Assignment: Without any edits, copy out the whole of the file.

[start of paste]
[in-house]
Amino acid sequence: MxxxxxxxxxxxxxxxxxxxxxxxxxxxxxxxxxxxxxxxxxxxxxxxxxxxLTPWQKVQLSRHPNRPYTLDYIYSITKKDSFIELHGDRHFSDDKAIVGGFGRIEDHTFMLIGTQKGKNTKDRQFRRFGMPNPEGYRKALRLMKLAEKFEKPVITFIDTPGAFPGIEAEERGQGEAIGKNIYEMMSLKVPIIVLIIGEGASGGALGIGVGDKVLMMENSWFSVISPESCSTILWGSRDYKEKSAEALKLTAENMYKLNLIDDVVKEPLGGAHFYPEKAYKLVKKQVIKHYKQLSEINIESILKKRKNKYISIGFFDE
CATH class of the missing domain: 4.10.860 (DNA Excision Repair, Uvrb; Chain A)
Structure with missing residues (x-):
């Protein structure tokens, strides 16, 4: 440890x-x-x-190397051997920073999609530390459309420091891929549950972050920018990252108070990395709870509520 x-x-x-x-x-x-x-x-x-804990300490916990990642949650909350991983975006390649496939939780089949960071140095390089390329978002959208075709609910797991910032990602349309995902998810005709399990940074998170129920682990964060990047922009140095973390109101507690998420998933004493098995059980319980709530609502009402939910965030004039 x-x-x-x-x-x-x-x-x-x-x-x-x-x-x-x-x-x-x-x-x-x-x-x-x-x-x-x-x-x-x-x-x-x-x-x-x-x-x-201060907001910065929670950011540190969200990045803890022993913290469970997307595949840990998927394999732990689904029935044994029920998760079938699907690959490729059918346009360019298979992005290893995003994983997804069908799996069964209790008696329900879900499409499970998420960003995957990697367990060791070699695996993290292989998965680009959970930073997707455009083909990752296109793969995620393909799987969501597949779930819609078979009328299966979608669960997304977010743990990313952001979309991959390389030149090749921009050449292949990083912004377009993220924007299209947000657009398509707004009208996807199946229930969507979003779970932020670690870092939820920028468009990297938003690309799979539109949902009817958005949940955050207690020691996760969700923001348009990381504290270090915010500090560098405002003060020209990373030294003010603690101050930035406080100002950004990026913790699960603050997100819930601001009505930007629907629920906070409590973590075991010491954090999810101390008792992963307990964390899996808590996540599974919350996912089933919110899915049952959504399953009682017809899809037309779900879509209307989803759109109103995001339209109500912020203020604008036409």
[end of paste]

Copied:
[in-house]
Amino acid sequence: MxxxxxxxxxxxxxxxxxxxxxxxxxxxxxxxxxxxxxxxxxxxxxxxxxxxLTPWQKVQLSRHPNRPYTLDYIYSITKKDSFIELHGDRHFSDDKAIVGGFGRIEDHTFMLIGTQKGKNTKDRQFRRFGMPNPEGYRKALRLMKLAEKFEKPVITFIDTPGAFPGIEAEERGQGEAIGKNIYEMMSLKVPIIVLIIGEGASGGALGIGVGDKVLMMENSWFSVISPESCSTILWGSRDYKEKSAEALKLTAENMYKLNLIDDVVKEPLGGAHFYPEKAYKLVKKQVIKHYKQLSEINIESILKKRKNKYISIGFFDE
CATH class of the missing domain: 4.10.860 (DNA Excision Repair, Uvrb; Chain A)
Structure with missing residues (x-):
């Protein structure tokens, strides 16, 4: 440890x-x-x-190397051997920073999609530390459309420091891929549950972050920018990252108070990395709870509520 x-x-x-x-x-x-x-x-x-804990300490916990990642949650909350991983975006390649496939939780089949960071140095390089390329978002959208075709609910797991910032990602349309995902998810005709399990940074998170129920682990964060990047922009140095973390109101507690998420998933004493098995059980319980709530609502009402939910965030004039 x-x-x-x-x-x-x-x-x-x-x-x-x-x-x-x-x-x-x-x-x-x-x-x-x-x-x-x-x-x-x-x-x-x-x-x-x-x-x-201060907001910065929670950011540190969200990045803890022993913290469970997307595949840990998927394999732990689904029935044994029920998760079938699907690959490729059918346009360019298979992005290893995003994983997804069908799996069964209790008696329900879900499409499970998420960003995957990697367990060791070699695996993290292989998965680009959970930073997707455009083909990752296109793969995620393909799987969501597949779930819609078979009328299966979608669960997304977010743990990313952001979309991959390389030149090749921009050449292949990083912004377009993220924007299209947000657009398509707004009208996807199946229930969507979003779970932020670690870092939820920028468009990297938003690309799979539109949902009817958005949940955050207690020691996760969700923001348009990381504290270090915010500090560098405002003060020209990373030294003010603690101050930035406080100002950004990026913790699960603050997100819930601001009505930007629907629920906070409590973590075991010491954090999810101390008792992963307990964390899996808590996540599974919350996912089933919110899915049952959504399953009682017809899809037309779900879509209307989803759109109103995001339209109500912020203020604008036409």